Is Case Keenum a One-Hit Wonder?

A lot has been made of the Broncos’ acquisition of quarterback Case Keenum. Does it represent a sizable upgrade over the three different starters that Denver trotted out last year? Or was it the offensive skill players and top-ranked defense that made the Vikings so successful in 2017, and Keenum was just along for the ride? The Broncos’ ability to rebound from their disastrous 5-11 season likely hinges on the answer.

The good news is that I’m not too concerned whether or not the Broncos will be better off with Keenum this season, and you shouldn’t be either. My cat would probably be an upgrade over Trevor Siemian, Brock Osweiler and Paxton Lynch. The real question is did Case Keenum actually emerge in 2017 as a legitimate starting quarterback in the NFL, or was his performance just an aberration? Will the real Case Keenum please stand up?

Alright, that was more than just one question, but you get it. I’d normally say that if your first good season as a professional quarterback doesn’t come until you’ve been doing it for six years, there should rightfully be some skepticism over whether or not it was a fluke. Of course, it isn’t always a one-off performance. Sometimes you have a case like Steve Young…

  • Started in the USFL
  • Had a failed stint as Tampa Bay’s starter
  • Was traded to the 49ers as Joe Montana’s backup, where he didn’t become the starter and post a quality season until his eighth year as a pro

…or like Kurt Warner…

  • Undrafted by the NFL and got a job bagging groceries
  • Moved on to the Arena League and made a name for himself
  • Was then signed by the Rams, but the Greatest Show on Turf didn’t arrive until Warner’s sixth year as a pro quarterback

…but those are few and far between. Then there’s a guy like Nick Foles, who everyone thought was a one-year wonder until he was hoisting the Lombardi Trophy just five months ago, and he was in the same draft class as Keenum.

All of that is fairly inconsequential, of course, because we’re talking about Keenum’s career and his current situation. I’m sure many English majors have gone on to be successful writers after not doing anything with their degree for a few years, but I can’t sit here and say, “Well, it worked out for those guys, so I’m just going to eat Pringles on my couch and wait for someone to recognize my talent.” The point is that just because Keenum hasn’t been a good quarterback since he first stepped onto an NFL field, that doesn’t mean that his accomplishments are fleeting and that there aren’t more on the way. It also doesn’t guarantee that he’s following in the footsteps of Young and Warner.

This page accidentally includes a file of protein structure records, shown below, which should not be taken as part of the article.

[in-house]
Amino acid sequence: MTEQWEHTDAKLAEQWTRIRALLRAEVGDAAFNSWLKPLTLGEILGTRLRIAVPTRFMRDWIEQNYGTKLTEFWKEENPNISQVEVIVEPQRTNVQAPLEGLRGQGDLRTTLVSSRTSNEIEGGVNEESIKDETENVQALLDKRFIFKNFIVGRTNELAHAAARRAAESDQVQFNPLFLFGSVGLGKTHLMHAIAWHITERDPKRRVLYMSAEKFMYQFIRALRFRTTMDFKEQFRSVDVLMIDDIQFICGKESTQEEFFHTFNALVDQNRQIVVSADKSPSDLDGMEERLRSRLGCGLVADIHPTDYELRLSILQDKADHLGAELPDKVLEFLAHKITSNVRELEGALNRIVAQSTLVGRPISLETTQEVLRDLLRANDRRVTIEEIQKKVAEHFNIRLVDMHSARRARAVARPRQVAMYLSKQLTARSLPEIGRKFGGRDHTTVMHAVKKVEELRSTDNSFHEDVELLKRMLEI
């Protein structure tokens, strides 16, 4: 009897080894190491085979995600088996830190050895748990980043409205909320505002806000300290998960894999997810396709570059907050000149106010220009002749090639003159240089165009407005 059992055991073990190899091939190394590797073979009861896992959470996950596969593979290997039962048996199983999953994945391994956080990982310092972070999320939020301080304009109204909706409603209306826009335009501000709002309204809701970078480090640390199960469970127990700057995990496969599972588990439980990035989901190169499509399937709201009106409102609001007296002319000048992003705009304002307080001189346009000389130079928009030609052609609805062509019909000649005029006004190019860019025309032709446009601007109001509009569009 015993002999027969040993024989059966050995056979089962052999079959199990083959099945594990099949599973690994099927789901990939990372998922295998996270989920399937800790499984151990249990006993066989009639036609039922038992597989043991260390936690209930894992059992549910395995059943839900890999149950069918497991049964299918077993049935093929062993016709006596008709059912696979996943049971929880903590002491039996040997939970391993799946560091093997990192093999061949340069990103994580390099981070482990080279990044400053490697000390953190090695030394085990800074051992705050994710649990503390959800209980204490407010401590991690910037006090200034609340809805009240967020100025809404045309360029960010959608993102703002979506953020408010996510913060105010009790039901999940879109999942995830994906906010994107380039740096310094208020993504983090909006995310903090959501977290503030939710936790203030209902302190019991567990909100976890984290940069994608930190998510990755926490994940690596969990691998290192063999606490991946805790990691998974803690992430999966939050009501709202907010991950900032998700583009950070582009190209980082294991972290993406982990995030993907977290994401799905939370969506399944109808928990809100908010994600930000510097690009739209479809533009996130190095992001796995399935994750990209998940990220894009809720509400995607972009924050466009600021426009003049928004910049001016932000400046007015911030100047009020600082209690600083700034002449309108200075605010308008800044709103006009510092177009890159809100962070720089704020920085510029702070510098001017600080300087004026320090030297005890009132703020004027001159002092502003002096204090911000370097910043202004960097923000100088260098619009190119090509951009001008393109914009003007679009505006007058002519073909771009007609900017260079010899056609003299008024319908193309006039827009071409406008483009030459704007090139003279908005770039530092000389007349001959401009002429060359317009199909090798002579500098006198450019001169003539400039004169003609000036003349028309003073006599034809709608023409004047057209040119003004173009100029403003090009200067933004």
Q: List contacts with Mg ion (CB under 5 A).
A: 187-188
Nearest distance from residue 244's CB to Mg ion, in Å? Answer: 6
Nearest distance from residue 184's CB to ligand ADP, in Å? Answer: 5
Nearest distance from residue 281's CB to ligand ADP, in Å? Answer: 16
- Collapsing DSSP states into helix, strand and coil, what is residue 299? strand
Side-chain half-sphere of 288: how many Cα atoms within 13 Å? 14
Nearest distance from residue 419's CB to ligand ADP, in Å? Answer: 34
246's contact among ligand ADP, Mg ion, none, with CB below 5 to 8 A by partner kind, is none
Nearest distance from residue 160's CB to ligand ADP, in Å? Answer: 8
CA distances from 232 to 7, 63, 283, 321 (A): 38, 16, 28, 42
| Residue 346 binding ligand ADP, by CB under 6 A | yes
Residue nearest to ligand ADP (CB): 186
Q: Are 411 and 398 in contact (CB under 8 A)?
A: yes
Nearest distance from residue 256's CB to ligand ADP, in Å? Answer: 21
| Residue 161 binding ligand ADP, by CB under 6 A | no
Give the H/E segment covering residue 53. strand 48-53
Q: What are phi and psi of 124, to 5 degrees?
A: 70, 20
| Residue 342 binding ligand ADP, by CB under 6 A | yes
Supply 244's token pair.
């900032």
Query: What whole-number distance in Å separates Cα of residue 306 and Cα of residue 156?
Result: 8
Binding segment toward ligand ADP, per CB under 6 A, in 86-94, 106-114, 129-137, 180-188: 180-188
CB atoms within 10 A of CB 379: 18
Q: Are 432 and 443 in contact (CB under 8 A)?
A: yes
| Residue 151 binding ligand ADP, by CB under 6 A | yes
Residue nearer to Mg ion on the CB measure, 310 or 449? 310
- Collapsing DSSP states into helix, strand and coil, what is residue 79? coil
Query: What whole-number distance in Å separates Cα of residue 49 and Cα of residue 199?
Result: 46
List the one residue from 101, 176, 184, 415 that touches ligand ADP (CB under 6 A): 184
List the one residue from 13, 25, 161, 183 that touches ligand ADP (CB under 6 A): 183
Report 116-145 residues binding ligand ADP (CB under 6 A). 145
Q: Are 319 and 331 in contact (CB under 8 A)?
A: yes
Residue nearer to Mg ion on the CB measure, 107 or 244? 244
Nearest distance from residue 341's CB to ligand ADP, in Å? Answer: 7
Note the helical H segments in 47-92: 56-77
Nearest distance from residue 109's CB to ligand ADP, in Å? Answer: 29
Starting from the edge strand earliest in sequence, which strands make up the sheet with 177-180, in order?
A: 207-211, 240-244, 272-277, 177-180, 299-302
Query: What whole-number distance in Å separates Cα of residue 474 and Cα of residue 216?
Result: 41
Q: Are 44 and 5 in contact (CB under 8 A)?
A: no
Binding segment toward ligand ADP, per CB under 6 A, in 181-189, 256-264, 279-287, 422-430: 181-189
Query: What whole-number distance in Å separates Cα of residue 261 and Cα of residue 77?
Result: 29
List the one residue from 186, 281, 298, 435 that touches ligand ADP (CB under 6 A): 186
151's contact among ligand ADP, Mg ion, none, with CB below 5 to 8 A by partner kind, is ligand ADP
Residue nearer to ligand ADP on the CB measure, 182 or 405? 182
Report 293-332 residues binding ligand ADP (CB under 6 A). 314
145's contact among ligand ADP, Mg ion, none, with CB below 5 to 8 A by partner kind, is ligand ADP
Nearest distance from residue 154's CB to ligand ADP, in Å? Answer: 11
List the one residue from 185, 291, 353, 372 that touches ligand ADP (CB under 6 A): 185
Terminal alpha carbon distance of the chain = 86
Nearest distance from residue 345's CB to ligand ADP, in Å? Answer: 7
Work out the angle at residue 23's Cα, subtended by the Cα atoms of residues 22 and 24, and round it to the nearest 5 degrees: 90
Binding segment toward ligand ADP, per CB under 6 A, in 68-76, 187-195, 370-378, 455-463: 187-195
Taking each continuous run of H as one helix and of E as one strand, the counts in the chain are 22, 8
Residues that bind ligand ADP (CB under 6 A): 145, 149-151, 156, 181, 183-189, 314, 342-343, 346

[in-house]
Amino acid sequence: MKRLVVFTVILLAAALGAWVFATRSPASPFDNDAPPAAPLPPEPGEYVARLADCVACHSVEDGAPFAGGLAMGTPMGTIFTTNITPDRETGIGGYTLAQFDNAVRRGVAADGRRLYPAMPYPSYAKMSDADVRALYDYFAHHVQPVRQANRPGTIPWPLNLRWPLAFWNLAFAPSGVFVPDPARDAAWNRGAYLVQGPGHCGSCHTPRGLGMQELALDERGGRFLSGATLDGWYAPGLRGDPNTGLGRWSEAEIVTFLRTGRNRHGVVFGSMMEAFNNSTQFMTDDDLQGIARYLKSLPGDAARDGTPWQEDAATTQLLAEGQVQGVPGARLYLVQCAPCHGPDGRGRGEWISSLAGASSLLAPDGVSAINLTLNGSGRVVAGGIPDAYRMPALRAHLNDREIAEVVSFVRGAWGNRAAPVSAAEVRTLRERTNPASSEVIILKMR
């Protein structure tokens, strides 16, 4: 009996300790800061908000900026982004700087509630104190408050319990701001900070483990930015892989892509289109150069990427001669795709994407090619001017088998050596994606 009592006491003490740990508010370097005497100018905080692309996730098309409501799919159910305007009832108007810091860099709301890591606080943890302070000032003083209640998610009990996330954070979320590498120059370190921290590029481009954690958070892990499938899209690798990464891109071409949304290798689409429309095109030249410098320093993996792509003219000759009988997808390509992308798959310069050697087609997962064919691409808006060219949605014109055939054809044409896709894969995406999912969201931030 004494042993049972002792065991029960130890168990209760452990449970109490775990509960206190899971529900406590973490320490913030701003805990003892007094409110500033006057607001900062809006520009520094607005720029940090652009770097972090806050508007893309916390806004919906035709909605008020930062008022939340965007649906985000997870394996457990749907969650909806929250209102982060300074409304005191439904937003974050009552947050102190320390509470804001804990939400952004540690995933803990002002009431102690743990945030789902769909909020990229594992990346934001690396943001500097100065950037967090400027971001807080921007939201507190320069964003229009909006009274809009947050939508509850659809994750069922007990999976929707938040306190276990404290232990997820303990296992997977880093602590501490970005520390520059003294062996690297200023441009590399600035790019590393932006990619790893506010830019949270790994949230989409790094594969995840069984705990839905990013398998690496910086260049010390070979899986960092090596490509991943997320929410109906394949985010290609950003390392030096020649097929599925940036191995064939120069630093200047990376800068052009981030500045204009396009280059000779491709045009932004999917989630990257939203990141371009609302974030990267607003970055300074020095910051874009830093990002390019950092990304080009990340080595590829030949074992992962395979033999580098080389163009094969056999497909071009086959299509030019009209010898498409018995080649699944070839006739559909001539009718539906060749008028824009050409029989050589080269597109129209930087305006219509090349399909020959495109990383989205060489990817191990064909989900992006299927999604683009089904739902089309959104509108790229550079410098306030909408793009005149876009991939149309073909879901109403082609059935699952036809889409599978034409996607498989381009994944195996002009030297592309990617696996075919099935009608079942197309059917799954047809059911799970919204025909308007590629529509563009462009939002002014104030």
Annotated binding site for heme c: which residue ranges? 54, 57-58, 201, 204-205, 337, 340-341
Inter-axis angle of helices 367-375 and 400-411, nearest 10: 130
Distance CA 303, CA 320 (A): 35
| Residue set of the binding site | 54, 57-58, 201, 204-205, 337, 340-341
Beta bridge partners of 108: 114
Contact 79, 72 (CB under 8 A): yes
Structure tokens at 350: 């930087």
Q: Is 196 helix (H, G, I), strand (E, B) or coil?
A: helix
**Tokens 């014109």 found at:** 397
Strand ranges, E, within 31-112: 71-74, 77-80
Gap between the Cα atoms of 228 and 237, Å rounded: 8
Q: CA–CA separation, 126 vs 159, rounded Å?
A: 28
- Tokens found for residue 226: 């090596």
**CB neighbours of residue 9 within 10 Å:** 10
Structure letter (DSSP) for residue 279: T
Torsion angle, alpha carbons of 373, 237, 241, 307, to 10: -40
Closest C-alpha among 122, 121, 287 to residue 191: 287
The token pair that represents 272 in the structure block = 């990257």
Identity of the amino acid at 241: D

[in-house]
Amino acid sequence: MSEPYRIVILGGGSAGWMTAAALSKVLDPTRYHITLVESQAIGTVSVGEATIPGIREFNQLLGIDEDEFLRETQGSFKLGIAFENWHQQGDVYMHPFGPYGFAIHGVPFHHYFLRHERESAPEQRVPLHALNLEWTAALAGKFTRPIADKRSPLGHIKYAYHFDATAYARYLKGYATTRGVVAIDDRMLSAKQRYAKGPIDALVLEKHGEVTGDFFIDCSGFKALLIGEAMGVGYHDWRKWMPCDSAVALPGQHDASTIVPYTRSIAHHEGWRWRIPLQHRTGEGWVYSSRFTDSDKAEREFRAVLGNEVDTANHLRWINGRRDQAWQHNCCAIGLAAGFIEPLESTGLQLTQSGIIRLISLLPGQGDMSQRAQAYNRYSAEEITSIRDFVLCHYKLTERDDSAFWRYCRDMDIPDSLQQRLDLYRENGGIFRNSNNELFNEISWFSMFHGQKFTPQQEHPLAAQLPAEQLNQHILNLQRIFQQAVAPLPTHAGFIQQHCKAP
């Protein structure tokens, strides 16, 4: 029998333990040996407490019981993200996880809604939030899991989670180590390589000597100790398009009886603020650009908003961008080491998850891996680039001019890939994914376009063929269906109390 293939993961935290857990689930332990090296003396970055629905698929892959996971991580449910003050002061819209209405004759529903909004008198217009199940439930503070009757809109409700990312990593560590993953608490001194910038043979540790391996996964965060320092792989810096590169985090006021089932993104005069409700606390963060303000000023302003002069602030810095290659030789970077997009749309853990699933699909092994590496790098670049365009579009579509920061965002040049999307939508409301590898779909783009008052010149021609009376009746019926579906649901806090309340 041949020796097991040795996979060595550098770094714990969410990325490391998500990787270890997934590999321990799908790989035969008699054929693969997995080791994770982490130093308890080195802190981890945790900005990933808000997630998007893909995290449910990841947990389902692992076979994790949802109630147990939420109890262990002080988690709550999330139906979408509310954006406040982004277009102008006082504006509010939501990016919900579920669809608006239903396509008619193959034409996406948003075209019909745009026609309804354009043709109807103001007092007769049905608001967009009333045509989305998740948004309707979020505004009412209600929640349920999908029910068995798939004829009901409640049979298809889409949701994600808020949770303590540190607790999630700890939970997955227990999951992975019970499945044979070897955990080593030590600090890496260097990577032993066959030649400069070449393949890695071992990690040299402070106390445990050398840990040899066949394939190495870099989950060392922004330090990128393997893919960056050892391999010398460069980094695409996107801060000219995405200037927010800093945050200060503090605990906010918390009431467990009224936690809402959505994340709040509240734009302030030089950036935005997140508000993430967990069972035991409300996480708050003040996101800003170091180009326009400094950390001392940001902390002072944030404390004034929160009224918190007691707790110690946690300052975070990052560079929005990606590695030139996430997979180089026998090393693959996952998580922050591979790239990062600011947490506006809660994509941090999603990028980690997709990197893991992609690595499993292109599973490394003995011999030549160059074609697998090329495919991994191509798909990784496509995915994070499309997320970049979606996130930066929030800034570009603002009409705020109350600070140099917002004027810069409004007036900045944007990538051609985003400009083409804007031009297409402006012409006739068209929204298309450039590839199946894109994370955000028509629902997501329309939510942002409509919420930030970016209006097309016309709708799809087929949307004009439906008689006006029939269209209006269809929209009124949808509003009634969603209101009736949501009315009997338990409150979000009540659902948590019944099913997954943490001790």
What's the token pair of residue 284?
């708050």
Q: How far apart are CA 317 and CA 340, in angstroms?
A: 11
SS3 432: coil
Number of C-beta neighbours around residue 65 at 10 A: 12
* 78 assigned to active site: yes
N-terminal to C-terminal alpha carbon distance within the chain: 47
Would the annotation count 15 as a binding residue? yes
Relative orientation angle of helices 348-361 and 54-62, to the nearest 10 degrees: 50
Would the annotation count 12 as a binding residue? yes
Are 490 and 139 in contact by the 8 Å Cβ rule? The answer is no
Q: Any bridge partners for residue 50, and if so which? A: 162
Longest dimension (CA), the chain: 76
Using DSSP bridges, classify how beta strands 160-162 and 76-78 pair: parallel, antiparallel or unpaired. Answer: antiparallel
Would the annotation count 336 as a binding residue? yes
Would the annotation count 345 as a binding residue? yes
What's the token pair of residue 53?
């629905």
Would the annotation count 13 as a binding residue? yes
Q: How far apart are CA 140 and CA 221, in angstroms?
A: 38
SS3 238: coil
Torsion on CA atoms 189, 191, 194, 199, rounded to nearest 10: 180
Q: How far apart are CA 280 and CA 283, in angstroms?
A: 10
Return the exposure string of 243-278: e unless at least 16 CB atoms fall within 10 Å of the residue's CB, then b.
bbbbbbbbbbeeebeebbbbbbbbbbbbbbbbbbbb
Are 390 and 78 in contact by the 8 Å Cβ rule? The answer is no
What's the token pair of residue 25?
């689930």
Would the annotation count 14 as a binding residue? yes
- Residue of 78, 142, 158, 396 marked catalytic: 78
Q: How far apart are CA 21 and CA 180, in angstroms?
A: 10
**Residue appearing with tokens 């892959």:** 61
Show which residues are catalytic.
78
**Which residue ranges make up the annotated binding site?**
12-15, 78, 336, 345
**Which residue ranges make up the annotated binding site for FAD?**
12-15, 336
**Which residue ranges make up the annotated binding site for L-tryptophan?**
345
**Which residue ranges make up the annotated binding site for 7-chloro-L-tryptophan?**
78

Which is why I’ve decided to take an in-depth look at Keenum’s football career. Not just his stats or performance, mind you, but also the quality of his team and the presence of any factors that might have hindered his opportunity to win games. That will hopefully shed some light on what we can expect from Keenum’s first season with the Broncos. There may even be more self-deprecation, as I continuously remind myself that I have a useless degree and that I need to write a whole hell of a lot more than I currently do if I ever want to make it my profession. See, we’re off to a rousing start!

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Are the Broncos Stuck in the Pit of Misery? – Part 2

Welcome to part 2 of our offseason series for our beloved Broncos, and whether they are totally screwed moving towards the 2018 season. Can they escape from the pit like Bruce Wayne did in The Dark Knight Rises? Or are they stuck in there with a bunch of old guys and access to cable television? The consensus so far? Too early to tell.

But it’s not too early to continue speculating about the moves John Elway and co. will make to place the Broncos back among the contenders in the AFC. And that’s what we’re going to do.

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